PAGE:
The answer is pretty simple: economical reasons. In 1929 Dresden internist Fritz Lickint presented statistical evidence through a published case-series study which linked lung cancer and tobacco usage. So the Nazis began one of the first public anti-smoking campaigns in modern history. Hence the term “anti-smoking Nazis”.. A motivating factor was Adolf Hitler’s personal distaste for tobacco. Despite the fact that he was a heavy smoker in his early life. He used to smoke 25 to 40 cigarettes daily but gave up the habit, saying that it was “a waste of money”. Another motivation behind the Nazi campaign against smoking were their reproductive policies. The campaign included banning smoking in trams, buses and city trains, promoting health education, limiting cigarette rations in the Wehrmacht, organizing medical lectures for soldiers and raising the tobacco tax. So to get their tobaccos to the German consumer Dunhill first had to import their tobacco into Germany and pay import-duties. And on top of that the increased tobacco-tax made their offerings even more expensive. But with the tobacco made in Germany they avoided the import duties, enter Von Eicken. After the war the Deutsche Mark had little value as opposed to the British Pound thus everything coming from Great Britain was expensive. So once again The Von Eicken factory came in handy for Dunhill.

Original Dunhill London Mixture tin

Original Dunhill London Mixture tin

Did Von Eicken use the same recipes as the original London made ones?
Herr Von Eicken wrote that their Dunhill tobaccos were a close copy to the original. But according to some members the German Dunhill offerings were, uhm, not so good. FDT member Uli says: “As a student I started smoking in 1959. Soon my favourite tobacco became Dunhill Standard Mixture and it was (amongst other Dunhill offerings) made in Germany. One time in Switzerland I bought myself an original Dunhill tin, the difference was striking! After that I never bought a German made Dunhill tobacco.” German friend and walking pipe-smoking encyclopaedia Rainer confirmed this. He told me that an old pipe smoking friend of him said that the German made London Mixture was awful compared to the original.. Great, I thought, I apparently bought a tobacco tin that can rival with the dreaded Clan (by Theodorus Niemeijer)…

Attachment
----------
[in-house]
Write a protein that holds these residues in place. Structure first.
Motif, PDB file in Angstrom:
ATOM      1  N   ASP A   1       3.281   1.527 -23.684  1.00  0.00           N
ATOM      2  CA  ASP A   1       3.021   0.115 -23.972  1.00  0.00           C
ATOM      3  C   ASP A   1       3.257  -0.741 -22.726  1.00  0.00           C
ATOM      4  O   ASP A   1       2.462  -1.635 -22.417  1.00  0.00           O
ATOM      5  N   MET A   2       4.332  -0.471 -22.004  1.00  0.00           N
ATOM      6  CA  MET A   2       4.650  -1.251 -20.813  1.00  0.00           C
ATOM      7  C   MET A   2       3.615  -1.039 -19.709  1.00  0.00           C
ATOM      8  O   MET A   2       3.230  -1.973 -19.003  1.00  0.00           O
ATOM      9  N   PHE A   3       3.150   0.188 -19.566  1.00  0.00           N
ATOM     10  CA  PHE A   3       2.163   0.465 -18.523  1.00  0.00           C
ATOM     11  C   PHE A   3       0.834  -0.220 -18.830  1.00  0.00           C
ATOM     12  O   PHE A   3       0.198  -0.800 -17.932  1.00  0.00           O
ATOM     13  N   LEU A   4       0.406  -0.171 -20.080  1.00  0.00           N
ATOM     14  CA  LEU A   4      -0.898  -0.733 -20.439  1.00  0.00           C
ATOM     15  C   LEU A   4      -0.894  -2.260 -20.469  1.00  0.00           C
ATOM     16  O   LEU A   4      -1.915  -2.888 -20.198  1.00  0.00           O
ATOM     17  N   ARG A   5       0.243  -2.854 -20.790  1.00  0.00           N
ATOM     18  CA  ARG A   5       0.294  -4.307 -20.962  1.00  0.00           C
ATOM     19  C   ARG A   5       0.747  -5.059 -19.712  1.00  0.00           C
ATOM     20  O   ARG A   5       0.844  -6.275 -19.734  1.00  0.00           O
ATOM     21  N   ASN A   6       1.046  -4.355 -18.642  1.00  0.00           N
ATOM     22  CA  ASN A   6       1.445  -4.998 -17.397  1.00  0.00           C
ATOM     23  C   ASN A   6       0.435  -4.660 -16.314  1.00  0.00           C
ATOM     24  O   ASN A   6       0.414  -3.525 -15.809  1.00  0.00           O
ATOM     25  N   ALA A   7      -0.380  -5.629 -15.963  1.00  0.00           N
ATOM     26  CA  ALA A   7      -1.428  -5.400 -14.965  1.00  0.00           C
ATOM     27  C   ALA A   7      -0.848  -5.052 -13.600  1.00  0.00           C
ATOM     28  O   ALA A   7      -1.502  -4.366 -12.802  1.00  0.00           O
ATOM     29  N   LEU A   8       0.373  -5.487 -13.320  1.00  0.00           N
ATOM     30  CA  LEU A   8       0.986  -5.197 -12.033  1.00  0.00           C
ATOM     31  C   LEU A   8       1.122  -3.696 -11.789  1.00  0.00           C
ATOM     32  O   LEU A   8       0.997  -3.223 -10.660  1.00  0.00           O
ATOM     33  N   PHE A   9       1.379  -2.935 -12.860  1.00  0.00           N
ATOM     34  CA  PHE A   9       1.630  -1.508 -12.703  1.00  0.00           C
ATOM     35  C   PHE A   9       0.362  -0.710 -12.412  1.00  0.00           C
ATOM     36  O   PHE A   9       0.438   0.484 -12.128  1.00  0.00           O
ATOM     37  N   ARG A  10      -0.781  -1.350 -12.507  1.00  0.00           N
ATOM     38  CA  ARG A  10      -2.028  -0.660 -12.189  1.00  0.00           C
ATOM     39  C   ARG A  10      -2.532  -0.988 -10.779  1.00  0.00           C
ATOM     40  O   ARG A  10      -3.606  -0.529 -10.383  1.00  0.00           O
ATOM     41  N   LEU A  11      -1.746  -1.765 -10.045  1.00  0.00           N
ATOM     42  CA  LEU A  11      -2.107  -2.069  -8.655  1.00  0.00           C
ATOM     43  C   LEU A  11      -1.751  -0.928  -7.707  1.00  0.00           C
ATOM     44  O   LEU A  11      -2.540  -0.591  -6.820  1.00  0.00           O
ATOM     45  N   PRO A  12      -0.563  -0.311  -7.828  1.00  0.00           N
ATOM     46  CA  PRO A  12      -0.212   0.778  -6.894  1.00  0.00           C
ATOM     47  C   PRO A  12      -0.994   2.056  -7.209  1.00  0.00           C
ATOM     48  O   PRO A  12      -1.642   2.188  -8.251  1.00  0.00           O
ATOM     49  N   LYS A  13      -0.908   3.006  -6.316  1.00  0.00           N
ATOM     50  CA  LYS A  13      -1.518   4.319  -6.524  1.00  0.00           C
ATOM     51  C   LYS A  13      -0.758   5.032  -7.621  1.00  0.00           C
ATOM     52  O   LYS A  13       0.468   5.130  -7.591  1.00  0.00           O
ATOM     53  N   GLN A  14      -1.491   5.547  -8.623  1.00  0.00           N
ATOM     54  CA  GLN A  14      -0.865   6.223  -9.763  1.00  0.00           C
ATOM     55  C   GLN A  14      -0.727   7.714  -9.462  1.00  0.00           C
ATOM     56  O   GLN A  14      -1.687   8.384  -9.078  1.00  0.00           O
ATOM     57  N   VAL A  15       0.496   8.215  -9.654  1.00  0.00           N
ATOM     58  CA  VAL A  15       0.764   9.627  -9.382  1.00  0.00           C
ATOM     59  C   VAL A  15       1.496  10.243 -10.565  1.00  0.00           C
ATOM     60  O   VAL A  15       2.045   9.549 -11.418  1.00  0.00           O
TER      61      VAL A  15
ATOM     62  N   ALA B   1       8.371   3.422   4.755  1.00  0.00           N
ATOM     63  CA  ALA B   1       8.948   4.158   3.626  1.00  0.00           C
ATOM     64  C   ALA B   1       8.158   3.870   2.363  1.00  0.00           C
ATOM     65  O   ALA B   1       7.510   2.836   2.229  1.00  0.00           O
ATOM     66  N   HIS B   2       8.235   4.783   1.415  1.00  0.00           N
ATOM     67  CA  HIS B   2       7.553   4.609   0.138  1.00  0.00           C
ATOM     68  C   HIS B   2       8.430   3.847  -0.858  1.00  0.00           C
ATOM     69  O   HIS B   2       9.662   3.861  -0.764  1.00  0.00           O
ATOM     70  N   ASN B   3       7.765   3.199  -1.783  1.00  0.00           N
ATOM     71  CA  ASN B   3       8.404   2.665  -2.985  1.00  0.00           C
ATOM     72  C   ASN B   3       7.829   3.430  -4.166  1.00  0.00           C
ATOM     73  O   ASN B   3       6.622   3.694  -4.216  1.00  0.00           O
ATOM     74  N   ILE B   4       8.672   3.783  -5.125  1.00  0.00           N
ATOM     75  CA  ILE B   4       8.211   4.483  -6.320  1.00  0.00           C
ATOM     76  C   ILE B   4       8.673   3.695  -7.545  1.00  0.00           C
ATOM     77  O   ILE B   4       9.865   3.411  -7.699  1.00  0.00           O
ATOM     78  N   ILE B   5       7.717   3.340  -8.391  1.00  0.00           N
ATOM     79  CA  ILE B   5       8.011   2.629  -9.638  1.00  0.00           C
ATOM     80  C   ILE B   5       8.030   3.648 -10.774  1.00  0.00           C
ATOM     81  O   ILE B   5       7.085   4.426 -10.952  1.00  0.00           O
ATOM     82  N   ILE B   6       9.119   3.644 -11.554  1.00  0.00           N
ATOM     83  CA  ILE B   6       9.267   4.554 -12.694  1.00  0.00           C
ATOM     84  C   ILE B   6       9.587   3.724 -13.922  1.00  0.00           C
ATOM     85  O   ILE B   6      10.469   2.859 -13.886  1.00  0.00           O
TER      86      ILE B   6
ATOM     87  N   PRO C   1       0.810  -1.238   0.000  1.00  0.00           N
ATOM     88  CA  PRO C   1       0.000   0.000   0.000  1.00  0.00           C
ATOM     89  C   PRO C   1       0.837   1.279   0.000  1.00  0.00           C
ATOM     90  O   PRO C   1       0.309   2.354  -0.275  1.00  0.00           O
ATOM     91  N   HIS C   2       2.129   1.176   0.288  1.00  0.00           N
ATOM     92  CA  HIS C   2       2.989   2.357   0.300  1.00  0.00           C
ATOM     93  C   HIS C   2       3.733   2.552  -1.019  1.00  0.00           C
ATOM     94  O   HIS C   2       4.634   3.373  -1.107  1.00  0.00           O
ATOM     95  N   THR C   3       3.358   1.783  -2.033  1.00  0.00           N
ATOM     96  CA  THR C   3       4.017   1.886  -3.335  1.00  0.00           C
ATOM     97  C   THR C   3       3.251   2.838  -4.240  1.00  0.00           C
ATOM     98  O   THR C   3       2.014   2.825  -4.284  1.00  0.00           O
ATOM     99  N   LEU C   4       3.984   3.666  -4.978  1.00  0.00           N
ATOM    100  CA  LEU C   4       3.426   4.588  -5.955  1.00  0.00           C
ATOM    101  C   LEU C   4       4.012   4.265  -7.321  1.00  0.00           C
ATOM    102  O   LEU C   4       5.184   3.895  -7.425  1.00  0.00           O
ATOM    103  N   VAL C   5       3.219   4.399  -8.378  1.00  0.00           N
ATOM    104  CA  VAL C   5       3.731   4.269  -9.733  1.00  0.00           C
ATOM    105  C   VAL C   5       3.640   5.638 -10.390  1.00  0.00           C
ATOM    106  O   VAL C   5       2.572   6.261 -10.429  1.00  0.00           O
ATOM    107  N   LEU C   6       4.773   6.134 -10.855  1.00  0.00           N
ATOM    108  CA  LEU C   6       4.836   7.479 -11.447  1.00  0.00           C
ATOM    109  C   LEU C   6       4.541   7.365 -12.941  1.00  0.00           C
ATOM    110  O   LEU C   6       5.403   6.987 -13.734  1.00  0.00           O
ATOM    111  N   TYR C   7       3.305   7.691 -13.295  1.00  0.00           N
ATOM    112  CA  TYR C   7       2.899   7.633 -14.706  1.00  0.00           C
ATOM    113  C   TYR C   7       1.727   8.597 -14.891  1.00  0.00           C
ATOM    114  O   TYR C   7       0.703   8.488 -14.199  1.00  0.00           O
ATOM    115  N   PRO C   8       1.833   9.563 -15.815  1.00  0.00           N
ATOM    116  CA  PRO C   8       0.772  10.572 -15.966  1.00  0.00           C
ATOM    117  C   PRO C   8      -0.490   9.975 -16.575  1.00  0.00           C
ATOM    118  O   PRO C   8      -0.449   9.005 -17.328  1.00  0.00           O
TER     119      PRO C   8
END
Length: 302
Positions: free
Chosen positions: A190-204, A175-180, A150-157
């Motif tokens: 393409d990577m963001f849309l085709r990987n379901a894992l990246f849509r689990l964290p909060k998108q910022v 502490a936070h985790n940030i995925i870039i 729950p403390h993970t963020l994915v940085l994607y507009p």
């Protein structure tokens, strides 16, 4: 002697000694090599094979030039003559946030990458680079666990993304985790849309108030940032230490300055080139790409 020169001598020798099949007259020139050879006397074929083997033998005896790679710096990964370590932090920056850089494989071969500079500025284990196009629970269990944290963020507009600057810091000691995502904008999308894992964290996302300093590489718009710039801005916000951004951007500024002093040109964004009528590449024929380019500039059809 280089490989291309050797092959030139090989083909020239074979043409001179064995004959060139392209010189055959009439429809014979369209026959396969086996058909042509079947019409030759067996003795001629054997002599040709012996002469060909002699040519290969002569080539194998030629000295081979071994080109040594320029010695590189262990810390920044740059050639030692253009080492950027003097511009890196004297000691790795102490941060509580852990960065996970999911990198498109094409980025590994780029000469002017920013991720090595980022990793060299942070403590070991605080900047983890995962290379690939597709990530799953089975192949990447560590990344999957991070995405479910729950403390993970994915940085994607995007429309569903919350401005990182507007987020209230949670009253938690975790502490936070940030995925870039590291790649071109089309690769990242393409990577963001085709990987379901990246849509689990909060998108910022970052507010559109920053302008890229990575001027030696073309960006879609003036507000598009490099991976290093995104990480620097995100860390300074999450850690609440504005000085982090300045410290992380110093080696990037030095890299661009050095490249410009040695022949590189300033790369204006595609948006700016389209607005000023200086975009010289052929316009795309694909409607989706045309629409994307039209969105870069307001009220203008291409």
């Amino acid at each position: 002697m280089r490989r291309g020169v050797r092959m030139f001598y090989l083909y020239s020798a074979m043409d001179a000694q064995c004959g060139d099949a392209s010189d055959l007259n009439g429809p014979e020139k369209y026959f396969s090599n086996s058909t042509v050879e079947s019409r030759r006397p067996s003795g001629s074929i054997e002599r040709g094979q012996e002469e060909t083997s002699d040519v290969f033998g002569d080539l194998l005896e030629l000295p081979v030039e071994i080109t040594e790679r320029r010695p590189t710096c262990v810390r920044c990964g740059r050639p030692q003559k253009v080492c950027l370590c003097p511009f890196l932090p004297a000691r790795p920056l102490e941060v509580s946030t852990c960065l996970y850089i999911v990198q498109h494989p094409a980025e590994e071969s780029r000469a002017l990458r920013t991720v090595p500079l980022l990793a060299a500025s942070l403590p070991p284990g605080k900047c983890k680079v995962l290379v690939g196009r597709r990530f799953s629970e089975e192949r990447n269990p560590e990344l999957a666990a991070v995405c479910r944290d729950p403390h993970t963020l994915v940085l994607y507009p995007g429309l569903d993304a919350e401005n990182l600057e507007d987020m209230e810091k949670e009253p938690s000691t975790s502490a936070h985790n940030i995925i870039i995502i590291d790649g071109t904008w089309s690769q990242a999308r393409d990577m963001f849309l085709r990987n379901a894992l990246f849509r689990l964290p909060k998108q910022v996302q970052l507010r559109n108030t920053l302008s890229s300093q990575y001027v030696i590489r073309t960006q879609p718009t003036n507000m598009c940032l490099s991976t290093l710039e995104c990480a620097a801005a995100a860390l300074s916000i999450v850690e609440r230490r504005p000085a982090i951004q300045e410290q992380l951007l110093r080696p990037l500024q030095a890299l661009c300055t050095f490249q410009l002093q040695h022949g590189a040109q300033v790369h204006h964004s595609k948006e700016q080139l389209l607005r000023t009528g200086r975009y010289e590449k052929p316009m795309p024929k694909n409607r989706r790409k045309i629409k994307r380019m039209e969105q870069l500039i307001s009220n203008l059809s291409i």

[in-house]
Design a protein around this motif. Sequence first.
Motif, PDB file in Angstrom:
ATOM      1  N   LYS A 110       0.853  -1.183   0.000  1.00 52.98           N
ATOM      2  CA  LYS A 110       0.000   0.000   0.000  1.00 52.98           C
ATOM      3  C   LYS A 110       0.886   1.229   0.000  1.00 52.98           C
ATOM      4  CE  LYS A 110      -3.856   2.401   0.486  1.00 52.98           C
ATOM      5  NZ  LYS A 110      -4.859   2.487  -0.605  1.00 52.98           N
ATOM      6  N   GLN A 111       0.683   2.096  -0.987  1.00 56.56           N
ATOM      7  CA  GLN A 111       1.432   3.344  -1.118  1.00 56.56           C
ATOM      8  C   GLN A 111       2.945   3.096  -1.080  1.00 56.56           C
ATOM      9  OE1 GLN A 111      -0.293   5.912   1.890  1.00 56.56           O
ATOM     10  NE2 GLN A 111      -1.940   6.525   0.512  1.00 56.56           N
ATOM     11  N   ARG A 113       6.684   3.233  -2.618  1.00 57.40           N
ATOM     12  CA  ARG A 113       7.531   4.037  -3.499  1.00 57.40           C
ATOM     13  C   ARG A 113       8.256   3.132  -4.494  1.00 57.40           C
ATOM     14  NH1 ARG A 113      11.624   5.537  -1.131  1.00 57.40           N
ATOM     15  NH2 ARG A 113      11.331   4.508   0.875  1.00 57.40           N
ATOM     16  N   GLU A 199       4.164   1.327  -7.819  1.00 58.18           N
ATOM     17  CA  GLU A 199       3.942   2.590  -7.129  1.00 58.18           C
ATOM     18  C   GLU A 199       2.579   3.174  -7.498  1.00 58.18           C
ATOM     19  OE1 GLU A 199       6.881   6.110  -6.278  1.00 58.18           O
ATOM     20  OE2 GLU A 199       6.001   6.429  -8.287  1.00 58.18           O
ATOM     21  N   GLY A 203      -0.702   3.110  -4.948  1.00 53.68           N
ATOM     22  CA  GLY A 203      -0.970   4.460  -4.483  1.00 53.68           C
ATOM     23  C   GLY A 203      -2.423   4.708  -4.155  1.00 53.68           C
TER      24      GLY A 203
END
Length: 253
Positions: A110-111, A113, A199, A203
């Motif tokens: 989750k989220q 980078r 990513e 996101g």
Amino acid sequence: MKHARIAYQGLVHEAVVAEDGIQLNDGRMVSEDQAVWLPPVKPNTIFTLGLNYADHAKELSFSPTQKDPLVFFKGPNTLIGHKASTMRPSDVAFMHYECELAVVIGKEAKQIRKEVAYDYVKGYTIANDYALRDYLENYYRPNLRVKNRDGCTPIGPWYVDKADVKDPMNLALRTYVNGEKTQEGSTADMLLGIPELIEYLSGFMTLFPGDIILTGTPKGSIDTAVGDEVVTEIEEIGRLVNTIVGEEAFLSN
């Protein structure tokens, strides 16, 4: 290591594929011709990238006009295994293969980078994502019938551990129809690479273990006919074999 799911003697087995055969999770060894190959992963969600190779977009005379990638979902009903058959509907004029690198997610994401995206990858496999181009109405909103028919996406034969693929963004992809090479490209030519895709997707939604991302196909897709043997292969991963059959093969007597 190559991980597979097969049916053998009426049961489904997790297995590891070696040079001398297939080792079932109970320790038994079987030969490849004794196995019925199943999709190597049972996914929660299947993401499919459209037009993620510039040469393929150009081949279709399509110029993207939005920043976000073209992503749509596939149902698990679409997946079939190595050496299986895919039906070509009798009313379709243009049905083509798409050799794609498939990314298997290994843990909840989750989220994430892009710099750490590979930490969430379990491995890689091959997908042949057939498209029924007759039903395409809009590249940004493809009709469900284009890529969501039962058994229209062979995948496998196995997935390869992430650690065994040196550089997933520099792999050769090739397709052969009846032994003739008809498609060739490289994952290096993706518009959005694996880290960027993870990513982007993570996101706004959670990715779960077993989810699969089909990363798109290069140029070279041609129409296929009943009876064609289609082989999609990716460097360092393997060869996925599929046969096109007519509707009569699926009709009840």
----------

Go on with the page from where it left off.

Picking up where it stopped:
To be very clear, this is a fake tin

To be very clear, this is a fake tin

Did Von Eicken kept producing Dunhill tobacco in Nazi Germany until 1943, when their factories were bombed by the allied forces?
According to Herr Von Eicken there was no leaf tobacco available in the war, so, no. Tobacco rationing was imposed in the beginning of the war and almost 70% of the available smoky leaf was diverted to the armed forces for the remainder of WWII. Also I can’t imagine that such a luxury product as Dunhill tobacco was bought by the struggling German population. But one has to admit, it is a tantalizing thought that perhaps some tins were made at the end of 1938 and beginning of 1939. That would really be a kind of sinister holy grail of Dunhill tobacco.

logoWhen did Von Eicken stop producing Dunhill tobacco in license?
Once again I had to lean on Rainer because I did not understand the answer of Herr Von Eicken.. According to Rainer sometime before 1976 when he started to buy pipe tobacco the original Dunhill tobaccos became available in Germany and Von Eicken ceased their production. Perhaps Dunhill noticed that a lot of German pipe-smokers bought their tobaccos abroad.. Who knows.. One thing is sure, when Murray took over Dunhill production Von Eicken no longer made their version.

IMG_2006Back to the tin of German London Mixture I bought. You can see a George VI crest with a reference to the “late King”. So according to John Loring this tin was made between 1954 and 1962. Personally I believe it is closer to 1962 than to 1954 because of the price you see on the tax-seal, DM 7,50. This because Rainer says that halfway the 1970’s such a tin costed around DM 8,00. But still, in the “worst case scenario” my tin is 52 years old, yiehaaa!!!

IMG_2018Of course I had to open the tin. Rainer constantly kept semi-seriously nagging me to “write the blog and afterwards sell the sealed tin for a huge sum” but that is not me. So on one of the last summer days I cracked the still intact vacuum seal. On top of the tobacco was a paper insert placed with the text “This tobacco is packed freshly cut. Many smokers find that tobacco smokes cooler when quite dry. In such cases it is advisable to have the tin open for a while.”

IMG_2023With the paper insert removed the tobacco looked just fine in my eyes. No mould or anything like that, just mostly dark coloured ribbon cut strands with some lighter ones. Despite that the vacuum seal had been intact the contents were a little bit on the dry side but still perfectly smokeable. The smell of the tobacco inside was a bit strange. I noticed that the strength of the latakia had diminished and what was left is best described as a McClelland latakia tobacco with instead of the ketchup odour a bit of a sweet liquorice smell with a rotten edge. The original Dunhill tobaccos were (in)famous for their “rotten” smell so probably Von Eicken tried to mimic this.